U.S. Secretary of State Mike Pompeo said on Monday (local time) it is critical for EU countries to not use the 5G wireless communication equipment from Chinese tech giants, such as Huawei and ZTE. He suggested South Korea’s Samsung, Sweden’s Ericsson, and Finland’s Nokia as alternatives that compete fairly and abide by the rule of law.
In his article titled, “Europe must put security first with 5G,” published on American political opinion media company Politico, Pompeo wrote, “U.S. message to EU allies: Don’t trust Chinese firms with critical networks.” The article appears to have the intention to add more pressure on EU countries to join the anti-Huawei campaign before the upcoming NATO summit meeting in London on Tuesday and Wednesday and the EU information and communications ministers’ meeting in Brussels on Tuesday.
“The company (Huawei), based in Shenzhen, maintains links to the Chinese People’s Liberation Army,” said the secretary. “It is implicated in espionage in the Czech Republic, Poland and the Netherlands, has allegedly stolen intellectual property from foreign competitors in Germany, Israel, the United Kingdom and the United States,” he went on. Ren Zhengfei, the founder of Huawei, is a former officer of the Chinese People’s Liberation Army and obtained exclusive orders from the army after the company’s foundation in 1987, which led the company to become one of the largest telecommunications equipment manufacturers in the world. The U.S. still has the suspicion that Huawei is actually the Chinese government’s agency.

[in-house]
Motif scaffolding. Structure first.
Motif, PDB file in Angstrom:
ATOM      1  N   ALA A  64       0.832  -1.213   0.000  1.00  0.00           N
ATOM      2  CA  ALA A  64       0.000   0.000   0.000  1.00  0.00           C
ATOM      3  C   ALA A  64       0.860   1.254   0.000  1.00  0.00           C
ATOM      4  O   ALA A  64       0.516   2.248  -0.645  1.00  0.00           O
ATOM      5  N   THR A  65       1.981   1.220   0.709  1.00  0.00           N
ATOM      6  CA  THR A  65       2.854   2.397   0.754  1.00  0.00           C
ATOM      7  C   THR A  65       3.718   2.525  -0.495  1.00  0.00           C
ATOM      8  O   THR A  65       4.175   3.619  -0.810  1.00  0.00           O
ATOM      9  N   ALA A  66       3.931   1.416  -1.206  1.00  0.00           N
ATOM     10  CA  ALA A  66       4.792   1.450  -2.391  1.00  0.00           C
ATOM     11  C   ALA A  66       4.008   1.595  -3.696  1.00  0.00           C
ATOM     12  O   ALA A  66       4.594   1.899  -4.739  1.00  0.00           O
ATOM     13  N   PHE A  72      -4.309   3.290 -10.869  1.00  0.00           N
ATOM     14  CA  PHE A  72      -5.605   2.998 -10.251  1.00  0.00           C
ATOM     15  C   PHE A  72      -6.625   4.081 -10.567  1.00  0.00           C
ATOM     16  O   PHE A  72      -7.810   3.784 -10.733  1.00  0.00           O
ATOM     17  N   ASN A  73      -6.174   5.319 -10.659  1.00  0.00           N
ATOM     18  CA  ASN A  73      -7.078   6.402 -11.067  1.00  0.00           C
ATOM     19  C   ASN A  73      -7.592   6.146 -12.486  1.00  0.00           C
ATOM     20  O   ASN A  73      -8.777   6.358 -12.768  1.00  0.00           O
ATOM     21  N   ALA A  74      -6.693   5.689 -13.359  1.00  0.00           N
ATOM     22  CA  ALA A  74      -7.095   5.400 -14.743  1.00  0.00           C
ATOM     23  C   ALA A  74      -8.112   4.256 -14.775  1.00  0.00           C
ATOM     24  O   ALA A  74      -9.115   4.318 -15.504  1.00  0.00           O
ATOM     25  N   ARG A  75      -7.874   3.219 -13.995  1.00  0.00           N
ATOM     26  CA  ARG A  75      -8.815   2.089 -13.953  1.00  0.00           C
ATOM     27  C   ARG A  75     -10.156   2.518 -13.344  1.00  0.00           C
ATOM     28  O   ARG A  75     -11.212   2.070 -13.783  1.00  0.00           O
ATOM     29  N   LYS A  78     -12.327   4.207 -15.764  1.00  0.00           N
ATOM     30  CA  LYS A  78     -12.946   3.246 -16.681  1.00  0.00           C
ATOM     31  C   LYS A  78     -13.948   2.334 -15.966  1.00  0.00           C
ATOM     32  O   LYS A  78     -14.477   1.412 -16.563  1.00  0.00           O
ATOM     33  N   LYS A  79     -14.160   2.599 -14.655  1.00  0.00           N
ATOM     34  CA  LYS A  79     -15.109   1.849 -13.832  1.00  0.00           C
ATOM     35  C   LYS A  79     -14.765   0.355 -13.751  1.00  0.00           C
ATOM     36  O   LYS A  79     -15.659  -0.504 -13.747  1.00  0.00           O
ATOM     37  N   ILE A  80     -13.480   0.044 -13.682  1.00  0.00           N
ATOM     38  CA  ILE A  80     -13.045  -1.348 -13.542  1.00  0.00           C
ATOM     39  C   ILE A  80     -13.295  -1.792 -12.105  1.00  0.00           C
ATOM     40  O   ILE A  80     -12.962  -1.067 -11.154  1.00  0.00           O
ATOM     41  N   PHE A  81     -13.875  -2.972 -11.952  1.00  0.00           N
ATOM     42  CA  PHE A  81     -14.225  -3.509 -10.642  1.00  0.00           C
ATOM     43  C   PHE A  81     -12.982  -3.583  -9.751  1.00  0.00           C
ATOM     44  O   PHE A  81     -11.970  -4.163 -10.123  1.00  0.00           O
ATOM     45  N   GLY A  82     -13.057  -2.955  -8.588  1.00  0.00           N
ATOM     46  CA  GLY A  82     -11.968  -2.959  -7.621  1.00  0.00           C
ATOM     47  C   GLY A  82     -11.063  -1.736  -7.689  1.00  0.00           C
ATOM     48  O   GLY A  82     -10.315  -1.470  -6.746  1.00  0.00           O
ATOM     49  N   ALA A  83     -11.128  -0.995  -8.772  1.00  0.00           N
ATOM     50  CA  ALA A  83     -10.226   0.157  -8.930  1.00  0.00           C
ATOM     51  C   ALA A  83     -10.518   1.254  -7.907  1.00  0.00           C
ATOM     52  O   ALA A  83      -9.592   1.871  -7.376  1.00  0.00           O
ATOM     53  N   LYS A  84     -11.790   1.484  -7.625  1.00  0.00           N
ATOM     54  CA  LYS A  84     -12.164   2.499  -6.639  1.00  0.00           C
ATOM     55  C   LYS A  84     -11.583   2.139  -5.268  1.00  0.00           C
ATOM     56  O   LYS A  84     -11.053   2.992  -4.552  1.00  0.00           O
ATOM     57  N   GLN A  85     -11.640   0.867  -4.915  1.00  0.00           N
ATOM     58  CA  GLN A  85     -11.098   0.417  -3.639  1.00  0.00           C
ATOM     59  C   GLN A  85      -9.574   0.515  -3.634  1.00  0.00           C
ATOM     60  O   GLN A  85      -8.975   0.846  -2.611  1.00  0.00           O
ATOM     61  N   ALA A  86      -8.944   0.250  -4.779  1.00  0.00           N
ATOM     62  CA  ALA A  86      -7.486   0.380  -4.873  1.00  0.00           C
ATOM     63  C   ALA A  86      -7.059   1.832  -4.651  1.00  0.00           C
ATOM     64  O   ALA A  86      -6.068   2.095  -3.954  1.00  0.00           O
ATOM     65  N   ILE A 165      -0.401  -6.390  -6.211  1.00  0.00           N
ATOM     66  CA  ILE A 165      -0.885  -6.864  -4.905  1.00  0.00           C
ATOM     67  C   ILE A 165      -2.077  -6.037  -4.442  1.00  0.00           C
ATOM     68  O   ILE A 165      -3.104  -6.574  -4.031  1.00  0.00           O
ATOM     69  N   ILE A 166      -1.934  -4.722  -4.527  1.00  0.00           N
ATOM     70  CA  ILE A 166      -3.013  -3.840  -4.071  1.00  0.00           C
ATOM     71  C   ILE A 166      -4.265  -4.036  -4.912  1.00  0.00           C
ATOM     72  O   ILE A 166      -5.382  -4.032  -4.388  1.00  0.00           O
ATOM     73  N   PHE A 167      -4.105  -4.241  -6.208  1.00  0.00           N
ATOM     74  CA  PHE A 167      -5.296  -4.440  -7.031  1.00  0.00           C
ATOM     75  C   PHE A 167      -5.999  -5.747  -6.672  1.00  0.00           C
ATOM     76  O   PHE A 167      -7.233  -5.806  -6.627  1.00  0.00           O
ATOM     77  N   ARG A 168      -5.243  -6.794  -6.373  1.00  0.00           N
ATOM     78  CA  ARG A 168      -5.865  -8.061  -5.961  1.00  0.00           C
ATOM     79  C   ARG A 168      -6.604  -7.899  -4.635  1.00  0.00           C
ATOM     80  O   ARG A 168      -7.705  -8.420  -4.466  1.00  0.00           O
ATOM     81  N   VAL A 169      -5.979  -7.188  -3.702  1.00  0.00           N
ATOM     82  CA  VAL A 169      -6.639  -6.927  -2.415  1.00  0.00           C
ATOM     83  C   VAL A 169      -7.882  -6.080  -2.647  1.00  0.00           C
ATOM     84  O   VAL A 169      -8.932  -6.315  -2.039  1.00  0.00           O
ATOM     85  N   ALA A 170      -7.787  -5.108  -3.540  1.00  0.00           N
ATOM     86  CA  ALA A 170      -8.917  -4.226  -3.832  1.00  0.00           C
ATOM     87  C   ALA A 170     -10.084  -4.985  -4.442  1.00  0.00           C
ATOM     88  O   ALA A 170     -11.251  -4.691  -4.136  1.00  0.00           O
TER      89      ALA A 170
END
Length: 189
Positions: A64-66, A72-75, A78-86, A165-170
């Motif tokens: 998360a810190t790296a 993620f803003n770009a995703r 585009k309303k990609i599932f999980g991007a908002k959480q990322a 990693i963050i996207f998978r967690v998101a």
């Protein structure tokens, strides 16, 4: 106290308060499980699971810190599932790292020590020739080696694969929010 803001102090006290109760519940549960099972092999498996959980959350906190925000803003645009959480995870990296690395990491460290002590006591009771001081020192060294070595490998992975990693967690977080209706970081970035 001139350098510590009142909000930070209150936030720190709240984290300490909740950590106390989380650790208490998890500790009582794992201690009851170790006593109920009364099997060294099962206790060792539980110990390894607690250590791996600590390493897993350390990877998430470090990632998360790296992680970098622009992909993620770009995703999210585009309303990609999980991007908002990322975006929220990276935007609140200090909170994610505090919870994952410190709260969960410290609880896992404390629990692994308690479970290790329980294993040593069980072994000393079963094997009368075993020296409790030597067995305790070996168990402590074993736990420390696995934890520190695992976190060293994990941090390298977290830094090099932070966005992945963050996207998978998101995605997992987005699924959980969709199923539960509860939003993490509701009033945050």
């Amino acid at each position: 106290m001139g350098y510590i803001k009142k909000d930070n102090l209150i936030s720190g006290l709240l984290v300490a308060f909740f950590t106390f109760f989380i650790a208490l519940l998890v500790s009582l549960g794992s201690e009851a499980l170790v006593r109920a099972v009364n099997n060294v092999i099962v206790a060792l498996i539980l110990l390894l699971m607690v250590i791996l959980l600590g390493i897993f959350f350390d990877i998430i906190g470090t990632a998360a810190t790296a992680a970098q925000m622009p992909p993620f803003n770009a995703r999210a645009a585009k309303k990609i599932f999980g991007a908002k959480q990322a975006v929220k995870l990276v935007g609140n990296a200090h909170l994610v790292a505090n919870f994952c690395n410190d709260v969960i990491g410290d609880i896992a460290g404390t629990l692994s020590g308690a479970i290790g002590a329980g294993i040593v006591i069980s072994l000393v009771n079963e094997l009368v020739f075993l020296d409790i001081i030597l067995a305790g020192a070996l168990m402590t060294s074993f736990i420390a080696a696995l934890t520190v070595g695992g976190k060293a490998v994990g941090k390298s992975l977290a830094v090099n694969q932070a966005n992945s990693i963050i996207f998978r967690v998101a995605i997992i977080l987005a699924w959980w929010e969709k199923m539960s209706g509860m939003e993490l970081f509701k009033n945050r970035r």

“European companies like Ericsson and Nokia produce high-quality, price-competitive 5G equipment, as does the South Korean company Samsung,” Pompeo said in the article. “These firms are legitimate commercial actors that compete fairly. Even more importantly, they are headquartered in democracies that abide by the rule of law, and are accountable for their actions.”
Yong Park email@example.com